Challenged to Change, Senior Marketers Seek to Refocus, Reskill and Realign Their Organizations

CMO Council '07 Outlook Report Reveals Widespread Restructuring, Agency Turnover, Talent Deficiencies, Upward Spend Trend and a Metrics Mindset

Palo Alto, California (March 12, 2007) – Challenged as never before to instill new disciplines, skills and focus in their organizations, top marketing executives responded aggressively in 2006 by shaking up internal departments, jettisoning underperforming agencies, and bringing new metrics and measurability to programs and initiatives. The climate of change continues in 2007 as executives make further changes to upgrade organizational effectiveness, strengthen customer engagement, and achieve even greater measurability. Most marketers say they will have larger budgets in 2007 to accomplish these goals.

Those are among the findings of the 2007 Outlook Survey conducted by the CMO Council, a peer networking and thought leadership organization of more than 3,000 top marketing executives worldwide.  The survey demonstrates clearly that marketing is undergoing substantial changes due to a mandate for chief marketing officers (CMOs) to improve the relevance, accountability and performance of their organizations.

Among specific study findings:

  • Alignment of marketing with sales and demand generation is a top priority. Restructuring to achieve this integration was by far the most frequently mentioned accomplishment of marketers in 2006, named by 46 percent of respondents and 76 percent of those from companies with revenues above $500 million.

  • The restructuring went beyond internal resources, as agency turnover was rampant. 64 percent of marketers said they dumped at least one agency last year, and over half plan further agency changes in 2007.  Public relations agencies got the ax most often, followed by web design & development and advertising agencies.

  • There’s more money for marketing this year. 65 percent say their budgets increased in 2007, with 20 percent experiencing no change and 15 percent losing budget. 14 percent said their budgets will grow more than 20 percent.

  • Chief marketers expanded their sphere of authority. In addition to managing traditional functions like branding, web sites, advertising and public relations, large minorities also reported jurisdiction over business development (44 percent), distribution & channels (37 percent), pricing (37 percent) and product management (30 percent).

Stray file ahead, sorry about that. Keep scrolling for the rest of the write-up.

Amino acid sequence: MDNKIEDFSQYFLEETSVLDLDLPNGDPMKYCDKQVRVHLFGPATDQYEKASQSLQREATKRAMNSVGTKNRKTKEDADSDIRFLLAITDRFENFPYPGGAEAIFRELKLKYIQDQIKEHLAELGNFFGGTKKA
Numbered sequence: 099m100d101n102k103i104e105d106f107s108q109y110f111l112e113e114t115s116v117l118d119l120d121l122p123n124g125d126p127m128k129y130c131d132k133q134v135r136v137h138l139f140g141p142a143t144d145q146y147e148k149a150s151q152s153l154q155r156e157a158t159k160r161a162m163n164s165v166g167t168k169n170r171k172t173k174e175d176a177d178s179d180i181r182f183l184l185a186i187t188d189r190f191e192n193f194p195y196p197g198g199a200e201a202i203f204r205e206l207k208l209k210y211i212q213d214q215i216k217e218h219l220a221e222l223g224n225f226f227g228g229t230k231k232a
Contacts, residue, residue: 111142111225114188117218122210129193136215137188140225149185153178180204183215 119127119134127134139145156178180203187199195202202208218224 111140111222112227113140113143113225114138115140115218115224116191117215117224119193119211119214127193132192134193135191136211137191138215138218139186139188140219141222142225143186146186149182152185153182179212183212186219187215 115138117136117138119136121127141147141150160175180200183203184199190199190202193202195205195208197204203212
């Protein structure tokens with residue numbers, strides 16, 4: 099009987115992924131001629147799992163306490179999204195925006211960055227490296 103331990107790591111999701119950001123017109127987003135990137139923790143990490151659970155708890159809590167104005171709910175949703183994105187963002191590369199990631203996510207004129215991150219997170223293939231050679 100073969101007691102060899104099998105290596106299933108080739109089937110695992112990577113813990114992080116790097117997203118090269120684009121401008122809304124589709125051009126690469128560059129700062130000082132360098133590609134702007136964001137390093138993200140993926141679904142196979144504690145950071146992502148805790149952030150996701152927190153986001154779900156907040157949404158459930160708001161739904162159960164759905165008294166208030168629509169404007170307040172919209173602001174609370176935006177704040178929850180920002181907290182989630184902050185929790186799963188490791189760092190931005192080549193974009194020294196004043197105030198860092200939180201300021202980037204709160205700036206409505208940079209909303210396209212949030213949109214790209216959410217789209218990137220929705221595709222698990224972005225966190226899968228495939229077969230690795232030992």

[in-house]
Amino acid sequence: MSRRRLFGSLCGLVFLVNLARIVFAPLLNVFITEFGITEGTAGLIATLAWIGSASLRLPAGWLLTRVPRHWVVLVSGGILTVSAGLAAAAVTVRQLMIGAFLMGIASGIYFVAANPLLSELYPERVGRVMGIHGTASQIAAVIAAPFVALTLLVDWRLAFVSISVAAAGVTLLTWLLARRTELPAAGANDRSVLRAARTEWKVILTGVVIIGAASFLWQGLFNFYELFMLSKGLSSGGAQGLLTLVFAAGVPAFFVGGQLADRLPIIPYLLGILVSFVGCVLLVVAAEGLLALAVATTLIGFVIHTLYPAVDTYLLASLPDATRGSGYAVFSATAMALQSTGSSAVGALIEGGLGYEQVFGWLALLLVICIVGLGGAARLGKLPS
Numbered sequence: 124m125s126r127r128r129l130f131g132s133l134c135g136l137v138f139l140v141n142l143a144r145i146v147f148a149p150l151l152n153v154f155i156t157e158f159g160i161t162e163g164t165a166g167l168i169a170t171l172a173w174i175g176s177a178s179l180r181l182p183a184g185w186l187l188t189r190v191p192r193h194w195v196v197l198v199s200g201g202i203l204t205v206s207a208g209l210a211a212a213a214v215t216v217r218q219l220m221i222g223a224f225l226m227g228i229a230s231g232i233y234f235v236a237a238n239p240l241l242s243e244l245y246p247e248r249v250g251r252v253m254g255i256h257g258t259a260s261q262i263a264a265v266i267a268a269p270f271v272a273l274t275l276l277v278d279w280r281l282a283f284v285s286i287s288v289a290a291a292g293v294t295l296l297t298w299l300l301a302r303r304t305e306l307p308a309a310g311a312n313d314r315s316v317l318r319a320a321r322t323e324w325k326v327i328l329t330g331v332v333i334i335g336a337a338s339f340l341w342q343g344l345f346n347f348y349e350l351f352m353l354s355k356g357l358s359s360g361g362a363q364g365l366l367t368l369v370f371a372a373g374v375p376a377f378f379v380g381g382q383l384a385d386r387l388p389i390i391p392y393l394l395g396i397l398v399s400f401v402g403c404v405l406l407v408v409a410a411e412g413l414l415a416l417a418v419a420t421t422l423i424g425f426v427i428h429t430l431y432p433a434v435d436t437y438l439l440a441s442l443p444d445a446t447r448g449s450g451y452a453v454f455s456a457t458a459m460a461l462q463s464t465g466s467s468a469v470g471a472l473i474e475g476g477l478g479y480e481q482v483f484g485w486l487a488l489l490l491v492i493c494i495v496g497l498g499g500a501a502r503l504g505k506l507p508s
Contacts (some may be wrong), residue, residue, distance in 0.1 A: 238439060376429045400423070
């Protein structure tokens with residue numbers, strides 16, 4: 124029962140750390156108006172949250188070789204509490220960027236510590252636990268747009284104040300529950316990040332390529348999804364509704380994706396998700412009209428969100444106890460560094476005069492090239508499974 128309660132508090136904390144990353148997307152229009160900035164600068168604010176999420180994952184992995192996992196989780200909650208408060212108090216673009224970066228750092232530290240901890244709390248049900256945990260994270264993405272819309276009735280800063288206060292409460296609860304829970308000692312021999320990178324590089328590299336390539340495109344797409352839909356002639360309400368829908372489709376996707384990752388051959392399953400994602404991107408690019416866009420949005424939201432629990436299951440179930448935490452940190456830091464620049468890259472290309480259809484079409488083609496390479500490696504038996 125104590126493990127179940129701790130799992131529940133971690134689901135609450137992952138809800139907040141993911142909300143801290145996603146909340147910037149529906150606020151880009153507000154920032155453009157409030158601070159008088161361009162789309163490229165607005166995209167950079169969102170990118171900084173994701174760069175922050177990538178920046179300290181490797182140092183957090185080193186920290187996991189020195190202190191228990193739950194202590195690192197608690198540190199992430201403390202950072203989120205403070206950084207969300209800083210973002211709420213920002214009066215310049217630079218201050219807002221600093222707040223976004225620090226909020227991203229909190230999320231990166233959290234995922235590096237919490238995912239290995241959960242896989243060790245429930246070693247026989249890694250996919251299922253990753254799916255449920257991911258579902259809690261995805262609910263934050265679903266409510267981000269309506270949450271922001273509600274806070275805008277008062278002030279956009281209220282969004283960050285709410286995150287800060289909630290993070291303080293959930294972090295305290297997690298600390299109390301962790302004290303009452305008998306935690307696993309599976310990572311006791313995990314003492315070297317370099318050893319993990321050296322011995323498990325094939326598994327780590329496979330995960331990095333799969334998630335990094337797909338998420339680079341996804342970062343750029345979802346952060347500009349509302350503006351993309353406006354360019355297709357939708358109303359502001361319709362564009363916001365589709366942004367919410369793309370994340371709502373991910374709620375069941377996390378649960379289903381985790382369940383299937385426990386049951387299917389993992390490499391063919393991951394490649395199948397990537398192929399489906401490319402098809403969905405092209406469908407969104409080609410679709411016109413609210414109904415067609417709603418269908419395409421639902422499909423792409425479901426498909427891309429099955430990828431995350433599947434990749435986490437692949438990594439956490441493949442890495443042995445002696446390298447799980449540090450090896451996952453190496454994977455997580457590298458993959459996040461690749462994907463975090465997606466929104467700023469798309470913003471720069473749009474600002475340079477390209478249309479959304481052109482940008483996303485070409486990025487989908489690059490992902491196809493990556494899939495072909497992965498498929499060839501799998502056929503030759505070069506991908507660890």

“The era of brand-centric marketing is giving way to a new breed of CMO focused on measurable performance and business results,” said Donovan Neale-May, executive director of the CMO Council.  “Our past studies show that CMOs face tremendous pressure from CEOs and corporate boards to make this transition, which is why the average tenure of a CMO currently is less than two years.  In 2006, marketers responded to this clarion mandate with extensive restructuring of their organizations and function.  We think this is a positive development, but also believe most marketers are only in the early stages of redefining their roles.”

Realignment of marketing organizations will continue in 2007.  Almost half (48 percent) of respondents (75 percent from large companies) said they will review and evaluate all resources in 2007, and 60 percent said they will add new competencies and capabilities.  Only 10 percent (20 percent from large companies) expect to reduce headcount.

The number one challenge will be to quantify and measure the value of marketing programs and investments, followed by improving efficiency and effectiveness, growing customer knowledge and interactions, and improving the ROI of expenditures.

The measurability mandate can be seen clearly in the systems and solutions in which top marketers will invest in 2007.  Seventy-five percent of respondents from companies with revenues of more than $500 million plan to deploy a marketing performance measurement dashboard this year, almost twice the number who will invest in the next highest category of system deployment, which is lead generation and qualification.  Marketers from smaller companies said lead generation and qualification and email campaign management would be their two top areas of system or service deployment.


About CMO Council
The Chief Marketing Officer (CMO) Council is dedicated to high-level knowledge exchange, thought leadership and personal relationship building among senior marketing and brand decision-makers across a wide-range of global industries. The CMO Council's 3,000 members control more than $70 billion in aggregated annual marketing expenditures. Companies represented on the CMO Council have combined annual revenue of over $600 billion. Visit the CMO Council web site to find out about the initiatives geared to address executive marketers' challenges at


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